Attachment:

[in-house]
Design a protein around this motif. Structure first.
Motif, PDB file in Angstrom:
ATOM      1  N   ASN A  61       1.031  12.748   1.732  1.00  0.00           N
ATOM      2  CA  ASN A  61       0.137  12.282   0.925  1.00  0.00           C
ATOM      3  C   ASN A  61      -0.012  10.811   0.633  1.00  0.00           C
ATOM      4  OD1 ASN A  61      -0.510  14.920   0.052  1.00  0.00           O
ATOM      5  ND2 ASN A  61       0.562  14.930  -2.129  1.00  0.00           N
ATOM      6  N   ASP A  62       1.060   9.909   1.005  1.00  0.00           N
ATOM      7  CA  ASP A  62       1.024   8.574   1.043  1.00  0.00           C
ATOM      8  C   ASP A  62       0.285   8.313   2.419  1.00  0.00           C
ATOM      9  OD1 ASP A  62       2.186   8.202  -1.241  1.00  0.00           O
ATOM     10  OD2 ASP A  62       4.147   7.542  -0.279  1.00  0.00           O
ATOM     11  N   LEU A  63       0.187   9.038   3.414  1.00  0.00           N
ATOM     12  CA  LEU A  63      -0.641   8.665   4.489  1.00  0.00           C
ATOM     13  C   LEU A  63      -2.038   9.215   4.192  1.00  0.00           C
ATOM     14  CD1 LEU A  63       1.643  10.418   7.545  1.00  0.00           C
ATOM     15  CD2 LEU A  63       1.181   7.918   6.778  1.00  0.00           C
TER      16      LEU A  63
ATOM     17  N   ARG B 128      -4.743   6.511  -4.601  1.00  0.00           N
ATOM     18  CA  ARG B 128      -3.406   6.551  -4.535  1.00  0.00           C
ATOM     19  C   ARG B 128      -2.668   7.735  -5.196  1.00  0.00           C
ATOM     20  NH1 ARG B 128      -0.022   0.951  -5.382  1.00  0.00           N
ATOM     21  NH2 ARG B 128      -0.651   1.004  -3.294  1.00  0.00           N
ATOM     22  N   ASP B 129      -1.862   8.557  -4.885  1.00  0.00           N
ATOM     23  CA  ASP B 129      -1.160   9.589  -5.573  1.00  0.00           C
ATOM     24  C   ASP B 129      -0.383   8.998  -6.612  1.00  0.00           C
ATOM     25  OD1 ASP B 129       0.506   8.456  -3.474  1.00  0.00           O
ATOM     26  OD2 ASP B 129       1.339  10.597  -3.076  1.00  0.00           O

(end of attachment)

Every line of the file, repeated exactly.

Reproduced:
[in-house]
Design a protein around this motif. Structure first.
Motif, PDB file in Angstrom:
ATOM      1  N   ASN A  61       1.031  12.748   1.732  1.00  0.00           N
ATOM      2  CA  ASN A  61       0.137  12.282   0.925  1.00  0.00           C
ATOM      3  C   ASN A  61      -0.012  10.811   0.633  1.00  0.00           C
ATOM      4  OD1 ASN A  61      -0.510  14.920   0.052  1.00  0.00           O
ATOM      5  ND2 ASN A  61       0.562  14.930  -2.129  1.00  0.00           N
ATOM      6  N   ASP A  62       1.060   9.909   1.005  1.00  0.00           N
ATOM      7  CA  ASP A  62       1.024   8.574   1.043  1.00  0.00           C
ATOM      8  C   ASP A  62       0.285   8.313   2.419  1.00  0.00           C
ATOM      9  OD1 ASP A  62       2.186   8.202  -1.241  1.00  0.00           O
ATOM     10  OD2 ASP A  62       4.147   7.542  -0.279  1.00  0.00           O
ATOM     11  N   LEU A  63       0.187   9.038   3.414  1.00  0.00           N
ATOM     12  CA  LEU A  63      -0.641   8.665   4.489  1.00  0.00           C
ATOM     13  C   LEU A  63      -2.038   9.215   4.192  1.00  0.00           C
ATOM     14  CD1 LEU A  63       1.643  10.418   7.545  1.00  0.00           C
ATOM     15  CD2 LEU A  63       1.181   7.918   6.778  1.00  0.00           C
TER      16      LEU A  63
ATOM     17  N   ARG B 128      -4.743   6.511  -4.601  1.00  0.00           N
ATOM     18  CA  ARG B 128      -3.406   6.551  -4.535  1.00  0.00           C
ATOM     19  C   ARG B 128      -2.668   7.735  -5.196  1.00  0.00           C
ATOM     20  NH1 ARG B 128      -0.022   0.951  -5.382  1.00  0.00           N
ATOM     21  NH2 ARG B 128      -0.651   1.004  -3.294  1.00  0.00           N
ATOM     22  N   ASP B 129      -1.862   8.557  -4.885  1.00  0.00           N
ATOM     23  CA  ASP B 129      -1.160   9.589  -5.573  1.00  0.00           C
ATOM     24  C   ASP B 129      -0.383   8.998  -6.612  1.00  0.00           C
ATOM     25  OD1 ASP B 129       0.506   8.456  -3.474  1.00  0.00           O
ATOM     26  OD2 ASP B 129       1.339  10.597  -3.076  1.00  0.00           O